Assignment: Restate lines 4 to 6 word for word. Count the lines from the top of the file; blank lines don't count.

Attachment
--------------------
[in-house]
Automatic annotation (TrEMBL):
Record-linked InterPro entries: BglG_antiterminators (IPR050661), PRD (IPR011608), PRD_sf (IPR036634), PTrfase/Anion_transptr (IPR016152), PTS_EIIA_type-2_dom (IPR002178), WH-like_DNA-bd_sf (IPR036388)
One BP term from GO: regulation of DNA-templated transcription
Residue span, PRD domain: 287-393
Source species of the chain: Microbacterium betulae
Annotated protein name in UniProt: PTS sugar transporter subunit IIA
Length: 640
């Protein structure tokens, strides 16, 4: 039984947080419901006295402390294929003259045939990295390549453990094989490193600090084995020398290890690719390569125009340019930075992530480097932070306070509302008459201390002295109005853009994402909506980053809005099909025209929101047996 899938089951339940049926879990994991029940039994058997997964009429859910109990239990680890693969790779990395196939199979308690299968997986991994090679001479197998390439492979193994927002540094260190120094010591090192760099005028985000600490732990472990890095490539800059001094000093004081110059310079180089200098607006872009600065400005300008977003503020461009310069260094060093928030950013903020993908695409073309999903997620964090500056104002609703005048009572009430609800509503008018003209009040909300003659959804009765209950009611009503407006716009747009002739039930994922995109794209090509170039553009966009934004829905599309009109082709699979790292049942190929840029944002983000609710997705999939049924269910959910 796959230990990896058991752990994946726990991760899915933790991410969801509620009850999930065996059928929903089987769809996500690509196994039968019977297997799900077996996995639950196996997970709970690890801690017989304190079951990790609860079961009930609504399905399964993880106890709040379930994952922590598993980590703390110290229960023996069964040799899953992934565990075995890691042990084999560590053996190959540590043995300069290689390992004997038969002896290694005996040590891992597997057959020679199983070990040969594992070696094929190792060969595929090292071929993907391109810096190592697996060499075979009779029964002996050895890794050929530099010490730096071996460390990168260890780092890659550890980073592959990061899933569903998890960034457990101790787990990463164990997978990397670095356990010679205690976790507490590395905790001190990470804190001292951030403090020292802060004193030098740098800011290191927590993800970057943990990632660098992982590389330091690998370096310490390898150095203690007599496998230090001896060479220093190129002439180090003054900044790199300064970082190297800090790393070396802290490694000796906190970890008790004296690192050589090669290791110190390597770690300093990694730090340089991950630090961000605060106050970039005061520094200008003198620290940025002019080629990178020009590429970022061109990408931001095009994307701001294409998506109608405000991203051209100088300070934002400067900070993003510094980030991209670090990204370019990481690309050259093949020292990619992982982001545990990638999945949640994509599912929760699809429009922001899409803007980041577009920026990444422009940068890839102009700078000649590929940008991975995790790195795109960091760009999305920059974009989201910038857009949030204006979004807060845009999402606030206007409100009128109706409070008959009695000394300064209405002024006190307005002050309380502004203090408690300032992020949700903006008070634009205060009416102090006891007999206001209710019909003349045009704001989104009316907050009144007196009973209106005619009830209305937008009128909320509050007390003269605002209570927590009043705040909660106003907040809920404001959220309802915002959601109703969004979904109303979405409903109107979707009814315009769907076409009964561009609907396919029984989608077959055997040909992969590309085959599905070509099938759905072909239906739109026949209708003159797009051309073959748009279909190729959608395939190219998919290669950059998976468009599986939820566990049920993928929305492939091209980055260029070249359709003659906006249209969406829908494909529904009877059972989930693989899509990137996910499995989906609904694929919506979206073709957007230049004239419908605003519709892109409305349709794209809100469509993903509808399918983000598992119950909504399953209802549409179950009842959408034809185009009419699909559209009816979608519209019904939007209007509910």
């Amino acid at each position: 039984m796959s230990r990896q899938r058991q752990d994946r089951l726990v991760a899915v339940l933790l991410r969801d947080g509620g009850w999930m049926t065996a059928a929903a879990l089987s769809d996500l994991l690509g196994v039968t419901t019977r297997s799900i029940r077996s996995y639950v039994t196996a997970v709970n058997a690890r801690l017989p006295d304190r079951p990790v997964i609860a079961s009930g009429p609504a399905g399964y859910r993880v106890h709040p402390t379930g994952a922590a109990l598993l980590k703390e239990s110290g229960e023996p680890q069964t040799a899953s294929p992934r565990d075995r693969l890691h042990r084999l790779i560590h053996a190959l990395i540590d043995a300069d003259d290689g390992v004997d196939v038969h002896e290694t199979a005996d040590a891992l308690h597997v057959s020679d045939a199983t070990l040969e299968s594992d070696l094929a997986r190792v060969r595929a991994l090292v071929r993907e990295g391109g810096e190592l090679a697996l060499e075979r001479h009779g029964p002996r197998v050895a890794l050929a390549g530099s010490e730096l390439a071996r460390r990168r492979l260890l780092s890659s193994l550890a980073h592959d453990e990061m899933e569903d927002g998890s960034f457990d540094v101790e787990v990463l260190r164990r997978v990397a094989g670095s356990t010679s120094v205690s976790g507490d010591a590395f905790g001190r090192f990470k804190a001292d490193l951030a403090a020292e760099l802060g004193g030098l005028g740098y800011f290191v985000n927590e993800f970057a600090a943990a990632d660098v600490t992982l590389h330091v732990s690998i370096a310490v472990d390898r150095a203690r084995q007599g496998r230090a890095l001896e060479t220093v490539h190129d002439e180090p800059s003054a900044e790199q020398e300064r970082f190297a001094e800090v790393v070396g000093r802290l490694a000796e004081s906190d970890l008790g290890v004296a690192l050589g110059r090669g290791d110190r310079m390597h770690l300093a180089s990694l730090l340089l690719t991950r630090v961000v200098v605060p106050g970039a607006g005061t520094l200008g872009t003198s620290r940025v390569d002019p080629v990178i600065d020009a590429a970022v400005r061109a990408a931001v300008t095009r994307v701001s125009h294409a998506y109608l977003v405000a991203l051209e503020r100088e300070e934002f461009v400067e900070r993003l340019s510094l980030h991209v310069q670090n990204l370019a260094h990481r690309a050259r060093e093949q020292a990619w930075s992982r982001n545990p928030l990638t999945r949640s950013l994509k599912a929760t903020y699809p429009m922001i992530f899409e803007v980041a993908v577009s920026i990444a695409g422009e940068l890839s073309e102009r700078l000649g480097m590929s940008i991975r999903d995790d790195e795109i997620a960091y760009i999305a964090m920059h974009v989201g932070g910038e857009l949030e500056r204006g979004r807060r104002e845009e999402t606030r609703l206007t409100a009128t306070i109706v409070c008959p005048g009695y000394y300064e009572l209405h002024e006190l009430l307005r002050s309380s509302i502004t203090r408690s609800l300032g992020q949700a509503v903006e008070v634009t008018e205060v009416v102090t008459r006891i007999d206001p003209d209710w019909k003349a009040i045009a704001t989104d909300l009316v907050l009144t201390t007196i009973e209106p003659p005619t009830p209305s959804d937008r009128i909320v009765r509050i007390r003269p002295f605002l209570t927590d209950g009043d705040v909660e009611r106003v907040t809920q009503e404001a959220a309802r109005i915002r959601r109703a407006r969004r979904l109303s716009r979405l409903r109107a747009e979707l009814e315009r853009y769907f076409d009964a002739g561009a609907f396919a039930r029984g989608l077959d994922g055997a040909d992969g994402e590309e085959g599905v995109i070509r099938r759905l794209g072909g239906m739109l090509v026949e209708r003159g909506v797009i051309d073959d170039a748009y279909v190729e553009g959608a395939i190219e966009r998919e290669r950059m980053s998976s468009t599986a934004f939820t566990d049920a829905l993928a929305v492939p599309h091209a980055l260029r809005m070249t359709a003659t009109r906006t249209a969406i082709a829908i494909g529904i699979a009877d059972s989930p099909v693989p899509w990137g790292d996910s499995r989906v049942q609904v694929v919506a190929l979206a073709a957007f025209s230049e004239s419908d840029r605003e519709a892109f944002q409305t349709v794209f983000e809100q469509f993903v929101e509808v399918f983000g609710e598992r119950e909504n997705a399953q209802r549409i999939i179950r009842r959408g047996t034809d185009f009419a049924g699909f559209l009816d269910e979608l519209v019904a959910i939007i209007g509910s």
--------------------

One BP term from GO: regulation of DNA-templated transcription
Residue span, PRD domain: 287-393
Source species of the chain: Microbacterium betulae